Erin Zaikis Is Saving the World With Soap
Filed in: Woman of the Week
When Erin Zaikis got the idea to recycle barely-touched soap from hotels in Mumbai and redistribute it to people who had none, she stumbled upon a simple way to prevent diseases, create jobs for women, and reduce waste—all at the same time. Now, her nonprofit Sundara has workshops in Myanmar and Uganda as well as several states in India. She recently sat down with us (less than 24 hours after jetting back from Africa, no less) to talk coconut conundrums, the pains of fundraising, and life as a nomad.
I GREW UP in Marblehead, Massachusetts—outside of Boston—and I really had no idea what extreme poverty and suffering looked like. When I was 19, I decided that I needed to educate myself, so I went to India and spent four months living in an orphanage. While I was there, I became really close with a girl who was trafficked from a poor state in India. Three days after I left, she died of AIDS. It was a really powerful experience, and something I couldn’t just walk away from.
AFTER COLLEGE, I worked in Thailand for two different organizations that helped fight childhood trafficking, which is a very complex situation. Mothers would say to me, “Who are you to tell me what to do with my kids? I’m married to an abusive alcoholic, and I don’t know what else to do.” And in many cases, they were right—it was uncomfortable to foist my values on them. My work often brought me to schools, and I’d see kids use the bathroom and then just run out and start playing with their friends without washing their hands. There were sinks, but no soap. And it struck me as such a fixable problem: kids were constantly getting sick, and here was a way to help prevent it. So I brought in a bar of soap one day, and these 12-year-old kids didn’t even know what it was—one kid tried to eat it.
IT TURNS OUT that there’s actually a huge soap surplus. Hotels throw away tons of it every year. At Sundara, we use recycled soap that we collect from hotels and reprocess so that it’s safe to use. It’s a very simple system.
TO START SUNDARA, I won a grant from LinkedIn’s social impact business competition. That promptly ran out, so I did some crowdfunding with family and friends. I briefly tried to raise money by making soap in my apartment and selling it, but that was a disaster—what was I thinking? Now we’re supported through a combination of fundraising and events and grants. Asking for money is my least favorite part of the job—it’s so hard. But what kicks me in the ass is that I have 26 people on my payroll, and this money isn’t for me, it’s for them.
THINGS GO WRONG all the time. I get phone calls at all hours—a few days ago, my phone was blowing up in the middle of the night because of an auspicious coconut. We’re opening a new workshop in India, and there’s a tradition of breaking open a coconut at the door, but then the guy got hurt while trying to break open the coconut and had to go to the hospital. I mean, when you’re starting a nonprofit, do you ever think you’ll be up at 1:00 a.m. dealing with a coconut injury? Of course not.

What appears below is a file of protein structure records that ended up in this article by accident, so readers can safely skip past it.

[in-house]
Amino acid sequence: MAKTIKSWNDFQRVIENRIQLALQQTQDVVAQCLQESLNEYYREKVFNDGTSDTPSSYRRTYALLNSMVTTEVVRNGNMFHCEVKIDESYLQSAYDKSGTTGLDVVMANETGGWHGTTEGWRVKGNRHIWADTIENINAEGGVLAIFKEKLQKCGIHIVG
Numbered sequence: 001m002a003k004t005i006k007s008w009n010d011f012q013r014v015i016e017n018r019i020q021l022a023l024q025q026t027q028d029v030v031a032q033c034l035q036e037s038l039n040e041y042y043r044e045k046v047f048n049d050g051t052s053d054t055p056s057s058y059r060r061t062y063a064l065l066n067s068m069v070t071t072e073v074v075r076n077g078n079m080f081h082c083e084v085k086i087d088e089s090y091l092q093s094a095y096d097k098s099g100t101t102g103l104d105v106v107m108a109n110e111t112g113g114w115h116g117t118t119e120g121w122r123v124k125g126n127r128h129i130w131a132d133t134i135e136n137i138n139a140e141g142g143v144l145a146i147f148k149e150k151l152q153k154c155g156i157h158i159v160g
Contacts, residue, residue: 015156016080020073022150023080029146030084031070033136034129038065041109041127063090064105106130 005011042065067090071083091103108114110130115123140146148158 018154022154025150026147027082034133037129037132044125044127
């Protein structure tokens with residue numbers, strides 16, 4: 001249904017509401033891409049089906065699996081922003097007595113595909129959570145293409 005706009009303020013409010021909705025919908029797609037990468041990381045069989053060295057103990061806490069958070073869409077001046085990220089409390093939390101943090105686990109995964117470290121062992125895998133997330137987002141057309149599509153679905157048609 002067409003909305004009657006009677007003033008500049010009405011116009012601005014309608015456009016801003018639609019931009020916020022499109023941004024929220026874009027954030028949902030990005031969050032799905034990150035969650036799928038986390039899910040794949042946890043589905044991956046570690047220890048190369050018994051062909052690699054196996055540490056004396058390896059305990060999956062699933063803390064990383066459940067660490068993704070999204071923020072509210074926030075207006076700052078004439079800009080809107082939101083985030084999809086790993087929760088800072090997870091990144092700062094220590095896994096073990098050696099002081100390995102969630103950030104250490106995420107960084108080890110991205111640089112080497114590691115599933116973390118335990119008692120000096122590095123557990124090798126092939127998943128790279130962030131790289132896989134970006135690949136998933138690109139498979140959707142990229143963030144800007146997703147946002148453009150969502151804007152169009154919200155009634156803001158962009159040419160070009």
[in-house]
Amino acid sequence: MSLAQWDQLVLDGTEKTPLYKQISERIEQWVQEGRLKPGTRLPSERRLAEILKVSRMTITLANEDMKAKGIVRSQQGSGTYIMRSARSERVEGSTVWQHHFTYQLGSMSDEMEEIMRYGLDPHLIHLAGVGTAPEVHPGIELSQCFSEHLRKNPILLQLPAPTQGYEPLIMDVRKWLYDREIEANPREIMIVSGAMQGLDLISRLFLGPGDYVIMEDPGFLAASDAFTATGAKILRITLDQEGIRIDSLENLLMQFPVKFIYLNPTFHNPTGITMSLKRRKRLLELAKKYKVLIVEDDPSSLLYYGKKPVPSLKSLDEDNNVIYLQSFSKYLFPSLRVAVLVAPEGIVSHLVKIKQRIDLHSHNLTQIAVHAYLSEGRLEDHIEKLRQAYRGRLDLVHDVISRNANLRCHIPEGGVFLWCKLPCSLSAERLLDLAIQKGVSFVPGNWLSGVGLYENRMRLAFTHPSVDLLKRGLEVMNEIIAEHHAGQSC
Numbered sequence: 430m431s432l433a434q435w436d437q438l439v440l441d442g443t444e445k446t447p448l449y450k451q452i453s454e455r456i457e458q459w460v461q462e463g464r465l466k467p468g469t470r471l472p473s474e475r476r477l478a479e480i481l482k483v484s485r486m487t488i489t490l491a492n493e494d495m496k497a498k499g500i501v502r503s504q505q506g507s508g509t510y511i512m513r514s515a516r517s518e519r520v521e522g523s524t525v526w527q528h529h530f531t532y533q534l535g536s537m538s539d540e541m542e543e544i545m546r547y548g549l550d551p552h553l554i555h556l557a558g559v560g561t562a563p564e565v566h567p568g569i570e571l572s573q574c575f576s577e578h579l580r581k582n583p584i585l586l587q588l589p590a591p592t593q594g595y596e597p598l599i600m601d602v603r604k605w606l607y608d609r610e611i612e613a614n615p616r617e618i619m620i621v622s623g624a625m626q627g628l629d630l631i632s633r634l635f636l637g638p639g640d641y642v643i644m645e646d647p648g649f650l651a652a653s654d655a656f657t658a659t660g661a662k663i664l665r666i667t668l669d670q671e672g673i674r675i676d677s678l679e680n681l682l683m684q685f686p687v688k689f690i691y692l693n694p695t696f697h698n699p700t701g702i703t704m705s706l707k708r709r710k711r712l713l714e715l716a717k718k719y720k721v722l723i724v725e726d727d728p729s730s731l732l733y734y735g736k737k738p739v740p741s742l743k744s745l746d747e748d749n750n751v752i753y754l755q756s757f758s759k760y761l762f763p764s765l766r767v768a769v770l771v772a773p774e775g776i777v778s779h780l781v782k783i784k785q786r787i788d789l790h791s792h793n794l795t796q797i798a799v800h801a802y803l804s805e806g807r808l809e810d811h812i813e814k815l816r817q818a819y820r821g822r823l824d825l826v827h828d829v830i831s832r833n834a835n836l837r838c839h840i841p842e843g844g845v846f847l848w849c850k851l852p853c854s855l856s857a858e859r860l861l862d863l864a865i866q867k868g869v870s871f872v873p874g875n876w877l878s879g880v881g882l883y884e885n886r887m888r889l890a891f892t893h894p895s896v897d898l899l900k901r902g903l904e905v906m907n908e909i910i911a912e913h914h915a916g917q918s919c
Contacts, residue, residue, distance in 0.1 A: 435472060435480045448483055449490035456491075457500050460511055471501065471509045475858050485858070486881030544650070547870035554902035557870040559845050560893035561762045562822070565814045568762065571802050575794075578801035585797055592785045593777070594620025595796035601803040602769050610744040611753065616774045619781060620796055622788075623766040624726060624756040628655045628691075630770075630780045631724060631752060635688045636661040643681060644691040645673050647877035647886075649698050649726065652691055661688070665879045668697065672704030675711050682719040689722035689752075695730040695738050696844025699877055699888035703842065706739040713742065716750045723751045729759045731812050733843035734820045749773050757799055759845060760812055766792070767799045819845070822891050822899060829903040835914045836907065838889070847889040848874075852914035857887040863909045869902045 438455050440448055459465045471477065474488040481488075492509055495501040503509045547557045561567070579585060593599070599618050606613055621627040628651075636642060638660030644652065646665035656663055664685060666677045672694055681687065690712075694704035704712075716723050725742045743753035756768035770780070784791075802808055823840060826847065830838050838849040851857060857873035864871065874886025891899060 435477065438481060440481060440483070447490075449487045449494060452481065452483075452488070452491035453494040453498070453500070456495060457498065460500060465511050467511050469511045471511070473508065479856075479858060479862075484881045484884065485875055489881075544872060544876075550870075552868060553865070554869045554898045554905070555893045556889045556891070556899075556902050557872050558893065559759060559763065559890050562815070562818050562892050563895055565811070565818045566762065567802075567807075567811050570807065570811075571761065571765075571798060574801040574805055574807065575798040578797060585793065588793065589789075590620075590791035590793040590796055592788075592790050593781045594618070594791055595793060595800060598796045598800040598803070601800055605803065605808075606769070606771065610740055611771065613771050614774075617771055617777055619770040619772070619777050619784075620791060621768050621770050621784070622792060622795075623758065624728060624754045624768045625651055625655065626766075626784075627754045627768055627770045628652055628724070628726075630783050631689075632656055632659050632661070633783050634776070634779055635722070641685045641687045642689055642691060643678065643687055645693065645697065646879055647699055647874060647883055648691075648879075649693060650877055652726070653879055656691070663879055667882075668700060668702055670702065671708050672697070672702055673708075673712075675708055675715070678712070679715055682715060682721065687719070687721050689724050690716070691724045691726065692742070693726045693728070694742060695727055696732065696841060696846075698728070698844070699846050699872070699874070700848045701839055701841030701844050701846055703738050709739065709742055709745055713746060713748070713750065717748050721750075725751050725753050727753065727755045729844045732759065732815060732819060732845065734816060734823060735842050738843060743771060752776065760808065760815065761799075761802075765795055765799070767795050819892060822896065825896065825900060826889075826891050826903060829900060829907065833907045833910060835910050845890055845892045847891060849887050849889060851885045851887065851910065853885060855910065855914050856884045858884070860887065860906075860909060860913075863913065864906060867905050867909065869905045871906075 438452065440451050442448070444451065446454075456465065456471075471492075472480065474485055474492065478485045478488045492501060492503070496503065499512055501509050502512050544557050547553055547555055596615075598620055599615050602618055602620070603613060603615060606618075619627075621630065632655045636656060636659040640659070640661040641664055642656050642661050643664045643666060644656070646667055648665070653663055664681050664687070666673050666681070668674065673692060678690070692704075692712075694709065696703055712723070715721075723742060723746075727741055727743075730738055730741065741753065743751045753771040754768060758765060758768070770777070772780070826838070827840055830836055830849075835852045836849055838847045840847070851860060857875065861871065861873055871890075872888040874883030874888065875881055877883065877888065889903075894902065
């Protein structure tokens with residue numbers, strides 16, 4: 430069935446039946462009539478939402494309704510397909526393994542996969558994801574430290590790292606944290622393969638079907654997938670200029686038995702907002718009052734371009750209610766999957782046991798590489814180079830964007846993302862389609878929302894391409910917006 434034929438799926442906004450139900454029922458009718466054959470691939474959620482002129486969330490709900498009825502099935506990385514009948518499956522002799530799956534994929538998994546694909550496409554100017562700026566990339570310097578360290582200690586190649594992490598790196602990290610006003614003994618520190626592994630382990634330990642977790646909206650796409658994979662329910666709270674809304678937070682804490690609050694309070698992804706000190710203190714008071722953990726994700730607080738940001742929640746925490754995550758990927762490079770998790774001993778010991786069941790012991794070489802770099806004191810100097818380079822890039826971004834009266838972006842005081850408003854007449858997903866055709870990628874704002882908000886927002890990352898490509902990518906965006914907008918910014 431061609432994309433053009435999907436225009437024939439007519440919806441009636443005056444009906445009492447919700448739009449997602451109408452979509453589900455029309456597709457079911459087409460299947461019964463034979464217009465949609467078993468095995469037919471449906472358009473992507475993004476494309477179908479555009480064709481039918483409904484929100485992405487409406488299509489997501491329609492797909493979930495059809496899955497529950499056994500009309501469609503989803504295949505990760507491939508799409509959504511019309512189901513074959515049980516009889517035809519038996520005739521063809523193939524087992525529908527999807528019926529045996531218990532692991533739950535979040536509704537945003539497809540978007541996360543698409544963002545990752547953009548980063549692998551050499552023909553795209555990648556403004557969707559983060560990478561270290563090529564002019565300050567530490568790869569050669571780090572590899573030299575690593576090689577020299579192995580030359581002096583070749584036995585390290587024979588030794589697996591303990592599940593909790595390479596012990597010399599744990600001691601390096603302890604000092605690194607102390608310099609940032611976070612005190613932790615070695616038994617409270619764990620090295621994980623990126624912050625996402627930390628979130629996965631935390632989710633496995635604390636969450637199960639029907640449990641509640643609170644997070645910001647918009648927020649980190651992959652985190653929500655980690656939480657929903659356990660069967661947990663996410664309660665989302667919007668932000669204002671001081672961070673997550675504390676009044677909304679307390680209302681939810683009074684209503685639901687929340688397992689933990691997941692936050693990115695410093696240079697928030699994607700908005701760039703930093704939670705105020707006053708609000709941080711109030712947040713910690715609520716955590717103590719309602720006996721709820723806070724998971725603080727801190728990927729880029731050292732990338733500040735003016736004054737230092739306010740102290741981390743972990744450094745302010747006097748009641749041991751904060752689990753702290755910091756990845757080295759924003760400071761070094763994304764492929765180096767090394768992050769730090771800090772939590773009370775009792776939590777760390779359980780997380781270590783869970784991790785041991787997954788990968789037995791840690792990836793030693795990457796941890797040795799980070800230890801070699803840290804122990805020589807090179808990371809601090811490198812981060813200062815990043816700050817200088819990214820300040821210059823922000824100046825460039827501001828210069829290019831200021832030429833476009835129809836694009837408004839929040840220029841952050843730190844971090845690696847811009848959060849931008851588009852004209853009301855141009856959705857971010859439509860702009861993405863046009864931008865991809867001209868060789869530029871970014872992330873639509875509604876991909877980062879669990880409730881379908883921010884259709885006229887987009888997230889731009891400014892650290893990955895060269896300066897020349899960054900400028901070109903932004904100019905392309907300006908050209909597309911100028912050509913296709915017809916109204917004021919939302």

I TRAVEL a few months out of the year, but you can do a lot remotely, using email and Whatsapp. I believe it’s important that our workshops have a sense of autonomy. Each one has a local manager and 6-10 employees, almost all female. Most of what I handle is on the back end—paperwork and emails, which isn’t very glamorous, but it’s important.
MY PACKING PROCESS is down to a science. I never check anything; I only do carry-on, even if I’m away for two months. The important things are lots of underwear and socks, and a universal outlet converter. I also bring malaria pills, basic first aid, vitamins, and Cipro for emergencies. Throughout a trip, I’m constantly trying to figure out how to lessen my load—I’ll give away my clothes as I go. For clothes, I’ll take one simple black dress—MM.LaFleur’s are perfect—for more formal meetings, which usually take place at hotels. Otherwise it’s scarves, black leggings, flowy skirts, and black sneakers. It’s important to stay covered up; a lot of foreigners assume that American women are very sexual, because of Hollywood movies, so you’re up against that preconceived notion all the time.
WHEN I’M ABROAD, a normal day involves checking in with the directors of the workshops, meeting with a local photographer or reporter, showing around some donors, and sweating my ass off. My days are so unpredictable that sometimes lunch is a bag of chips from the gas station.
I’M A TRUE NOMAD right now. I got out of a relationship earlier this year, so I’ve been staying with different family members in between trips. Sometimes I get jealous of my friends who are in stable relationships and have kids and a home, but I know the grass is always greener. It’s a huge luxury to be able to travel all the time.
MY GUILTY PLEASURE is a face mask. No matter where I am, I’ll put one on before bed and just listen to music and chill out. Also: trashy magazines on airplanes. It’s like a mini-escape, and then I leave them behind when we land.
If you would like to contribute to Sundara, click here.
Photos by Frances F. Denny.